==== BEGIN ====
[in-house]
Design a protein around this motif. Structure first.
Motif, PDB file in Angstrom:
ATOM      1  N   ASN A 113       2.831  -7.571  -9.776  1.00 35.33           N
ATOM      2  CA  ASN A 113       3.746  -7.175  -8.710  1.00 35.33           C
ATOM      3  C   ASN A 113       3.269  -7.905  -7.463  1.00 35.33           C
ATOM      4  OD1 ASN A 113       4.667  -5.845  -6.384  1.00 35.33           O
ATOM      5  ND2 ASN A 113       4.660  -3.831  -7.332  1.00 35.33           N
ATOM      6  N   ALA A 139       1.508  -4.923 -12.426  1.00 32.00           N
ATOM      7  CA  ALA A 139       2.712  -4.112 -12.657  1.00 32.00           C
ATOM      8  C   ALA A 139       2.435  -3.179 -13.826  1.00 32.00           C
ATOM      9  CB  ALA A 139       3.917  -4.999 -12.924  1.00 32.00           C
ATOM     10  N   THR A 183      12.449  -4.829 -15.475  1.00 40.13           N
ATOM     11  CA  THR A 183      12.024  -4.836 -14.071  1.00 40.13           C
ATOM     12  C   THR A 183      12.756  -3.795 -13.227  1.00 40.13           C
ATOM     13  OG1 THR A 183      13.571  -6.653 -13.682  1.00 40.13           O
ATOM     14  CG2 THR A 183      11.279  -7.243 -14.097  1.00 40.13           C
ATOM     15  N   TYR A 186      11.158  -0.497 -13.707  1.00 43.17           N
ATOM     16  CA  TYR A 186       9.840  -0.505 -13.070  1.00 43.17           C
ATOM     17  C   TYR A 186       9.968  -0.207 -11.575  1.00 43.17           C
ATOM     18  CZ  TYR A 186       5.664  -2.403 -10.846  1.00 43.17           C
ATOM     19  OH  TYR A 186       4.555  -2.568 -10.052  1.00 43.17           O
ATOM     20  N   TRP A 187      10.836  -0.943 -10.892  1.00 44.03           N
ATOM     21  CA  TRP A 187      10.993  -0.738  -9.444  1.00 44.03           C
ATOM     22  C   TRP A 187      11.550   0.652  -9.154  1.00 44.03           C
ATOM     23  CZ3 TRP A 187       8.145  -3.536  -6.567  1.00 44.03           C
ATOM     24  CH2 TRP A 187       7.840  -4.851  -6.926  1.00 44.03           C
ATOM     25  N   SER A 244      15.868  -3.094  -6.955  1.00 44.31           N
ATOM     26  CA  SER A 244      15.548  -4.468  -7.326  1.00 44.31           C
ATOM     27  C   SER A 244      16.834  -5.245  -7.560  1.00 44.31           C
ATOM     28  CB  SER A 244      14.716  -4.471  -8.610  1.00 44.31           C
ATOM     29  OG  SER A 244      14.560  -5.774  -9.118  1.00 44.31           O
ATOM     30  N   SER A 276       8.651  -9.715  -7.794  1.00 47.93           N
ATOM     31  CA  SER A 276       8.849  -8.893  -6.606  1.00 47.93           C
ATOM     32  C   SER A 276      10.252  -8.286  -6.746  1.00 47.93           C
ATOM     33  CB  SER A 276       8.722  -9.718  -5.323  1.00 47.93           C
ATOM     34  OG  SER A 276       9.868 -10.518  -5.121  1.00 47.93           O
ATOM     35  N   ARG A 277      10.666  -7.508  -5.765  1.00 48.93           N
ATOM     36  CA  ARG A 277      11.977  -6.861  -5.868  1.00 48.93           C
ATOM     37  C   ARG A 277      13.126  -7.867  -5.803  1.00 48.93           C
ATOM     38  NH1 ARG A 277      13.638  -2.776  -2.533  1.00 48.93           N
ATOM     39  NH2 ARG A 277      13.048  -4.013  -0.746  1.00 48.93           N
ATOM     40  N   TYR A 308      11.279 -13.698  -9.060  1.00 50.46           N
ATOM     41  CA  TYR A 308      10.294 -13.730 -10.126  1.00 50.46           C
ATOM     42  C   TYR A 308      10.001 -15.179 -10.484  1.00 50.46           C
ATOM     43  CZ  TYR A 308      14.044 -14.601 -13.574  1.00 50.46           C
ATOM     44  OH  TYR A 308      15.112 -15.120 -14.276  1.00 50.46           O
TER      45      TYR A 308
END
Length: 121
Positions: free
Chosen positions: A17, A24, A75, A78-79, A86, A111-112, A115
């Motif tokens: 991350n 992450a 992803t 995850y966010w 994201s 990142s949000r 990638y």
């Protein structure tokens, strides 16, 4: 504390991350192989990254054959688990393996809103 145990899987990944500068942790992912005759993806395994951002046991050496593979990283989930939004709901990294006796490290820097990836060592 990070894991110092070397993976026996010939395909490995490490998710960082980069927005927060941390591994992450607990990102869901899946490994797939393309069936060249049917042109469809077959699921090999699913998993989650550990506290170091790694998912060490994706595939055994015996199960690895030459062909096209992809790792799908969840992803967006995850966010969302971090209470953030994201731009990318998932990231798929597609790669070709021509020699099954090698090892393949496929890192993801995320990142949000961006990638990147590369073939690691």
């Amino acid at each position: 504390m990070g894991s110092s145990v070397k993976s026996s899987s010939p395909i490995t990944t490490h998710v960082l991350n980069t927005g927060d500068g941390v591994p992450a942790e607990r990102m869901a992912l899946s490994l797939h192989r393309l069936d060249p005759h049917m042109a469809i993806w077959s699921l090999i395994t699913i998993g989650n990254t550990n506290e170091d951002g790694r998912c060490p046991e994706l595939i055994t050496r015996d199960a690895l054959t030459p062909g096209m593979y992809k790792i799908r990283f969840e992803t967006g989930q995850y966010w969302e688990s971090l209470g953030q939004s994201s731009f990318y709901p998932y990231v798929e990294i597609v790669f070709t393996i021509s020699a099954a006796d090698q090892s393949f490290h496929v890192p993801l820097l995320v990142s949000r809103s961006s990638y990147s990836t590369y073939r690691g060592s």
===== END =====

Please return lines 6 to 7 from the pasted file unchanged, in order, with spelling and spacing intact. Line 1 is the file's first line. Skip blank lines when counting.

ATOM      3  C   ASN A 113       3.269  -7.905  -7.463  1.00 35.33           C
ATOM      4  OD1 ASN A 113       4.667  -5.845  -6.384  1.00 35.33           O